It is obvious that electronic reading is rapidly becoming the norm, overtaking the old-fashioned printed books and newspapers.
I have always found that reading out of paper penetrates easily and more completely than from the luminous screen of a computer/Amazon Kindle etc.
Another point is that you tend to skip a lot of info in a topic or give a complete miss to a topic while reading out of a bright screen.
Am I in a minority?
Ive never used a kindle, but I just don't think i would enjoy it as much as I do a book.
You know, I'm almost as content now to read on my Kindle as to read from an actual book. My favorite thing is that I can look words up instantly in the event that I'm unfamiliar with their meaning. And when reading from a Kindle, the book is the only thing you see, so it's not as though you get distracted by ads or the like as when reading something on your actual computer screen. I will say, however, that there are times when nothing but an actual book will do - to feel the weight of it in your hands, to hear the pages ruffle as you turn them ... nothing quite compares to those sensations.
Another upside to e-readers, though, is that they're lightweight and you can read in the dark without having need of a reading light and without disturbing someone with whom you share your bed.
Six of one, half a dozen of the other, I guess. And in some cases, book junkies can afford to support their habits with much greater ease if they're using an e-reader.
I agree. Good old-fashioned books, magazines and newspapers are always my favoured reading
For me the old books are always best. The feel of holding a big fat book in hand is just divine for me ( m true here)....i like to read a lot and i always try to buy as much big the size is so that it does not finish soon. I will vote for the old kind of books always and eBook or Kindle I don't prefer.
Im just way too thrifty (she said after having considered the word "cheap").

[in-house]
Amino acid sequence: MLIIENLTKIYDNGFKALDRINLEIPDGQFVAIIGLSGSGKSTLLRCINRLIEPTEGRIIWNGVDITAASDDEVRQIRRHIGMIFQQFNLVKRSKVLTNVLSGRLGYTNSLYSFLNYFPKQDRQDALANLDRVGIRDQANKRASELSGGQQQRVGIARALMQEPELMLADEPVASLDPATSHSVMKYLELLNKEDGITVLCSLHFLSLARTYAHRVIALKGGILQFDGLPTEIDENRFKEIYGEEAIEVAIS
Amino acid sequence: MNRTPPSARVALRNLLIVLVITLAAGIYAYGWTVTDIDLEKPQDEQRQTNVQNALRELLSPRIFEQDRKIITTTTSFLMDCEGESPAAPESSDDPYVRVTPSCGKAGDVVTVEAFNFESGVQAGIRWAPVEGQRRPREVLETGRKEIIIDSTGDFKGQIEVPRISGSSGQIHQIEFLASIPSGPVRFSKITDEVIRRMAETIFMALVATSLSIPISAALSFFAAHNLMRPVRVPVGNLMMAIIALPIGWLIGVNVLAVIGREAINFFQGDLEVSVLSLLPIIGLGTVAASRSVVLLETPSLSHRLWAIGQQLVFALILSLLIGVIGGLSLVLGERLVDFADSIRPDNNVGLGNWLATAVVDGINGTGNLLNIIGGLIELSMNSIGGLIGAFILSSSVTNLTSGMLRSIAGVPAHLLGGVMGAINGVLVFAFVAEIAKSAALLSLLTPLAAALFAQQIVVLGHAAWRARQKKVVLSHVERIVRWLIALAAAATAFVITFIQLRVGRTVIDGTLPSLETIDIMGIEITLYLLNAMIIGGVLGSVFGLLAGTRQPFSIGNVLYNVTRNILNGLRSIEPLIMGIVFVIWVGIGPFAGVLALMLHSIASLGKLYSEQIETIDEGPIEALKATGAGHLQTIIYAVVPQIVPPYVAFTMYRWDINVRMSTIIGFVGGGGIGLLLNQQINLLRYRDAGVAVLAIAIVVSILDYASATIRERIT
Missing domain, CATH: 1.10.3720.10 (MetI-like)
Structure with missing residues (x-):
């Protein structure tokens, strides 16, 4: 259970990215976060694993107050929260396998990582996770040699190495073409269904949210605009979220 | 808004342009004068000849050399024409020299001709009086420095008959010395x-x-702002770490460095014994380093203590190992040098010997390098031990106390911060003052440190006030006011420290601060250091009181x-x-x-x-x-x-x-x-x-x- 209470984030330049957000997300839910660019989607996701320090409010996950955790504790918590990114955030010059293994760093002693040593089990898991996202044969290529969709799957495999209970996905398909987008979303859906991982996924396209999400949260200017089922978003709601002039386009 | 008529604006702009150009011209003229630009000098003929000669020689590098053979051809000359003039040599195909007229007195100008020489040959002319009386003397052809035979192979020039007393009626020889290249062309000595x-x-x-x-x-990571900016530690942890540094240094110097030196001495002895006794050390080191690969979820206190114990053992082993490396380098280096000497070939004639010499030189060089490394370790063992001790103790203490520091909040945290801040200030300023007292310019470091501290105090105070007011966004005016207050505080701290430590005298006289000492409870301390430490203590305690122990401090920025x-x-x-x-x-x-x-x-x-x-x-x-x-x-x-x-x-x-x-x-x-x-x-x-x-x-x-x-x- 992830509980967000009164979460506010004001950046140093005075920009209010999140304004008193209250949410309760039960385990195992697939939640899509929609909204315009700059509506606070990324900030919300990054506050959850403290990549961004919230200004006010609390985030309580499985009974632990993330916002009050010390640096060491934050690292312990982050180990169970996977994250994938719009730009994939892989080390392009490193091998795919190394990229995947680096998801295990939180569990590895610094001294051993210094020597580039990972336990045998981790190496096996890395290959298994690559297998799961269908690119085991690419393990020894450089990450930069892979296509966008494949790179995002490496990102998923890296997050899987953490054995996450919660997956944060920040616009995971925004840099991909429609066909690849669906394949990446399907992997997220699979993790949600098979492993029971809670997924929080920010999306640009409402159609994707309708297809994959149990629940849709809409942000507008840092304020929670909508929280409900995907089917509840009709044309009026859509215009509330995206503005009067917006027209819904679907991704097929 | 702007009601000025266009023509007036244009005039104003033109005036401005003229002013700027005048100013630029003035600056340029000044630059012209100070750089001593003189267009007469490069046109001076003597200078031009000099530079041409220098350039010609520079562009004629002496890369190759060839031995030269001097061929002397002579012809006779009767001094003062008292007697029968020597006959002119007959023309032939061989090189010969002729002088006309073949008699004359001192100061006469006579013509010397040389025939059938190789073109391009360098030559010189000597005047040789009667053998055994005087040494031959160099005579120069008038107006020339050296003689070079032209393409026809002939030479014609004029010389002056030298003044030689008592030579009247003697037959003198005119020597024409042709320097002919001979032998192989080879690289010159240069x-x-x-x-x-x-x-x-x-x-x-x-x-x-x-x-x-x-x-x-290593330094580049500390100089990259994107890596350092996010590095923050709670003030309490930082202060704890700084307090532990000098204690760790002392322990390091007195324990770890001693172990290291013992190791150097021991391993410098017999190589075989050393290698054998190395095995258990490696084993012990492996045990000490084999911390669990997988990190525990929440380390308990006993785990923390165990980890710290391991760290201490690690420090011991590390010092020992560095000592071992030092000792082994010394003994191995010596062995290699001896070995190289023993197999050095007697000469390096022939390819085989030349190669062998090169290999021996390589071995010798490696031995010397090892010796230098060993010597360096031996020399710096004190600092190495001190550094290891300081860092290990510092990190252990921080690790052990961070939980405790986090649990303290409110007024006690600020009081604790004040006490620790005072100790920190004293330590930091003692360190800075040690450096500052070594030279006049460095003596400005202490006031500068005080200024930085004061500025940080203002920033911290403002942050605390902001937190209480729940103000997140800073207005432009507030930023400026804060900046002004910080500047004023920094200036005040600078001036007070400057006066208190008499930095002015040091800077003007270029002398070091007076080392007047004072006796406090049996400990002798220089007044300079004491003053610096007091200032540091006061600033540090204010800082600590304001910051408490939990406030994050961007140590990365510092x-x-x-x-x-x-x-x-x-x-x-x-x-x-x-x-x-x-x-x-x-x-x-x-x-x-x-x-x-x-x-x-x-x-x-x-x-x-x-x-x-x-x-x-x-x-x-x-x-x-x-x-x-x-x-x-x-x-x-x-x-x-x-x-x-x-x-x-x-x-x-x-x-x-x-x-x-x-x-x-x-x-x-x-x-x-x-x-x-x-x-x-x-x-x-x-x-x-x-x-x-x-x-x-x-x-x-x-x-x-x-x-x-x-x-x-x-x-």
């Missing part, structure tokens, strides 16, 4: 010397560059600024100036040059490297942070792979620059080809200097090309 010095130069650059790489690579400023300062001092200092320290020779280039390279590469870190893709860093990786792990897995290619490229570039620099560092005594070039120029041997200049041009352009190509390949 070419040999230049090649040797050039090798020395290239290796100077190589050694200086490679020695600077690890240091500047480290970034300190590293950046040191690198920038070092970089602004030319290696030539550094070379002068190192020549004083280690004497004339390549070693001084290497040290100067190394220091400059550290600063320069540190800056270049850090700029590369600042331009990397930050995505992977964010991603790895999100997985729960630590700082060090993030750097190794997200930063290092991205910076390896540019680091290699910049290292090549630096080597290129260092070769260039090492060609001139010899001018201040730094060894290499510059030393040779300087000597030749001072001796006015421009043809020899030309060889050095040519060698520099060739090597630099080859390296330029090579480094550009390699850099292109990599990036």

I went to a 2nd hand book store one day and grabbed an arm full of books (mainly John Grisham lol) and as inexpensive as they were, I still told myself to put them back and rent them for free from the library. I can't imagine paying full price for a book on kindle. I have heard they have some kind of rental program though.
But let me give you an example. A published novelist friend of mine charged $14.95 for his first novel on Amazon. The Kindle version was $2.99. Granted, not thrift store pricing, but a helluva lot cheaper than $14.95. And there is a TON of free content on Kindle - especially classics. I have a killer collection of Dickens and the like....for which I didn't pay a penny. And I don't have to get it back on time (which is my absolute downfall with the library lol).
And, if you have a Prime account on Amazon, you can borrow books from the libraries of fellow Kindle owners. I think that's what you're referring to.
My daughters rental of Cinderella cost me 50 bucks.
Nope. Too steep for me. I always go to what's free first...lol I'm not cheap, just poor. I think the free lending thing is only for Prime account holders.
From what I understand, though, something like Cinderella should be free because of its age.
Not when it's the silver limited Disney release that only comes out of the vault once every 50 freaking years. (Thank you for that Walt.) Then of course I found it months later. It had fallen behind the couch.
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